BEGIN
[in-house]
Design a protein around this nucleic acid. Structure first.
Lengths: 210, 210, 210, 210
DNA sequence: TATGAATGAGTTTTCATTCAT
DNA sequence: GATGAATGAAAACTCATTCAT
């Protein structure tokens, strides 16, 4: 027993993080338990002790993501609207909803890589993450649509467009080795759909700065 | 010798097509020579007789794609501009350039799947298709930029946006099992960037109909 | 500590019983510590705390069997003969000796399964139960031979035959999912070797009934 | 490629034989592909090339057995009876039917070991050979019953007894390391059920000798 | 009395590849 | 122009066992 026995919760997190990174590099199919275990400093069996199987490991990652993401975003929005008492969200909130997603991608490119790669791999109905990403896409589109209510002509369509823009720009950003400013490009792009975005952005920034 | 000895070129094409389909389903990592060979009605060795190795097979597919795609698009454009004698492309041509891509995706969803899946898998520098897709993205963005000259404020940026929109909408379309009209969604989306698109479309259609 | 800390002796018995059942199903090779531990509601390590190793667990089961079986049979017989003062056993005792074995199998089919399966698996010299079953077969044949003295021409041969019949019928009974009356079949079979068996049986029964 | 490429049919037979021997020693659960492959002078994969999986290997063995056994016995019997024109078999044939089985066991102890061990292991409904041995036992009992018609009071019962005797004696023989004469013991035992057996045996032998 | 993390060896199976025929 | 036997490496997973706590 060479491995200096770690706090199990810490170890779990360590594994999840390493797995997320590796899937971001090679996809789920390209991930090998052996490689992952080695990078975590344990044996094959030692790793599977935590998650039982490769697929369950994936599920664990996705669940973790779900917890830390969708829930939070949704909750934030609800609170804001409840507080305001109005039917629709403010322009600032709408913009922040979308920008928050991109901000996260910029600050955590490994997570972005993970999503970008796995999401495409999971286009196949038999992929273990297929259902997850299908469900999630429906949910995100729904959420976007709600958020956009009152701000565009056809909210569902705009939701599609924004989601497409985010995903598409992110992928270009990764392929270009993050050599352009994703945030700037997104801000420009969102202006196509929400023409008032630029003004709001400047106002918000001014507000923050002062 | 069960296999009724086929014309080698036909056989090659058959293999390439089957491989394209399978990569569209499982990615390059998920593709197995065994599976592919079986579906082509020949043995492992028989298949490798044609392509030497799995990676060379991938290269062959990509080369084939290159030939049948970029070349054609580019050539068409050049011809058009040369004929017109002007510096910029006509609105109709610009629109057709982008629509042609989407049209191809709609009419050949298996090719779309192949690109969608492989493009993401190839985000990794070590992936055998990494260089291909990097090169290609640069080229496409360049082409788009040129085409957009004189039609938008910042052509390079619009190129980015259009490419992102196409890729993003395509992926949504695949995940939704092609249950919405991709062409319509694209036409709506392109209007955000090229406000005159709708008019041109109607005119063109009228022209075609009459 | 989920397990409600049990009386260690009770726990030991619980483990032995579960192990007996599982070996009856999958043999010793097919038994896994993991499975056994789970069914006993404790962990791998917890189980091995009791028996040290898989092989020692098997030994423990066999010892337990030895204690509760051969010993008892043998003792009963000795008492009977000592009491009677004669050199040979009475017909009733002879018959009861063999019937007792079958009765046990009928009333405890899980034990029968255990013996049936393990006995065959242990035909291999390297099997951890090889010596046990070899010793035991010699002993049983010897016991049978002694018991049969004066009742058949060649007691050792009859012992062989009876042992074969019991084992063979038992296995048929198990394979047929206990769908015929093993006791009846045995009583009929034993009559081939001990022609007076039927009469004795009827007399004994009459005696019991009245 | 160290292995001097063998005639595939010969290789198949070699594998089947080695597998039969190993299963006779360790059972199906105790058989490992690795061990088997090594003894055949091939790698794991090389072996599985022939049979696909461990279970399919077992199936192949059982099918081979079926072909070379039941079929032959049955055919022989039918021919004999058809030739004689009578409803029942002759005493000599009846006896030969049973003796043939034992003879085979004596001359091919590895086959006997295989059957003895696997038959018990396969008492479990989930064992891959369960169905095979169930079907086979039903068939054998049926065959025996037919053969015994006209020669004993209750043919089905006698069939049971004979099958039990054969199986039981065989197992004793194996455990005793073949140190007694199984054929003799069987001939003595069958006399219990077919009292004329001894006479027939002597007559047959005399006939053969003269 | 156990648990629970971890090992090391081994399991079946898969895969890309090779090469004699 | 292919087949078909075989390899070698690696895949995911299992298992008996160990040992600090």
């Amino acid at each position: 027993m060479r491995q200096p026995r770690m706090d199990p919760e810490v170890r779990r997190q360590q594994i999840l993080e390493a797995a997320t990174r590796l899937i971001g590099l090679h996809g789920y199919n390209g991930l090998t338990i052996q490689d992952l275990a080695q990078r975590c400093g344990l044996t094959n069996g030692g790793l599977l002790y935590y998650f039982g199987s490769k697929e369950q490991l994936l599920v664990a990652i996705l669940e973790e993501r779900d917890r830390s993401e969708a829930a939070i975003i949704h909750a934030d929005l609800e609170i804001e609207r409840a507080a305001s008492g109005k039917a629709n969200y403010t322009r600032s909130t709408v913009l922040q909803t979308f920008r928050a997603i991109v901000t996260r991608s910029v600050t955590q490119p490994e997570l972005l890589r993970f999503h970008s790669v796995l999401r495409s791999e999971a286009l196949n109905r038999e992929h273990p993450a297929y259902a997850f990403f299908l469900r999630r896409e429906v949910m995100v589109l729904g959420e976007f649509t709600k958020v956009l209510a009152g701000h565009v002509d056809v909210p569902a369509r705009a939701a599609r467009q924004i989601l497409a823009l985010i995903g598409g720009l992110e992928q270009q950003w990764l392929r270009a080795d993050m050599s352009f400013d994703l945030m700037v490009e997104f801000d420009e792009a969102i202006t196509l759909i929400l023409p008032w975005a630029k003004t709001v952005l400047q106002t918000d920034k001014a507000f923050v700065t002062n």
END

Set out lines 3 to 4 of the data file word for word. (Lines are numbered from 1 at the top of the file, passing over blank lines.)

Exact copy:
Lengths: 210, 210, 210, 210
DNA sequence: TATGAATGAGTTTTCATTCAT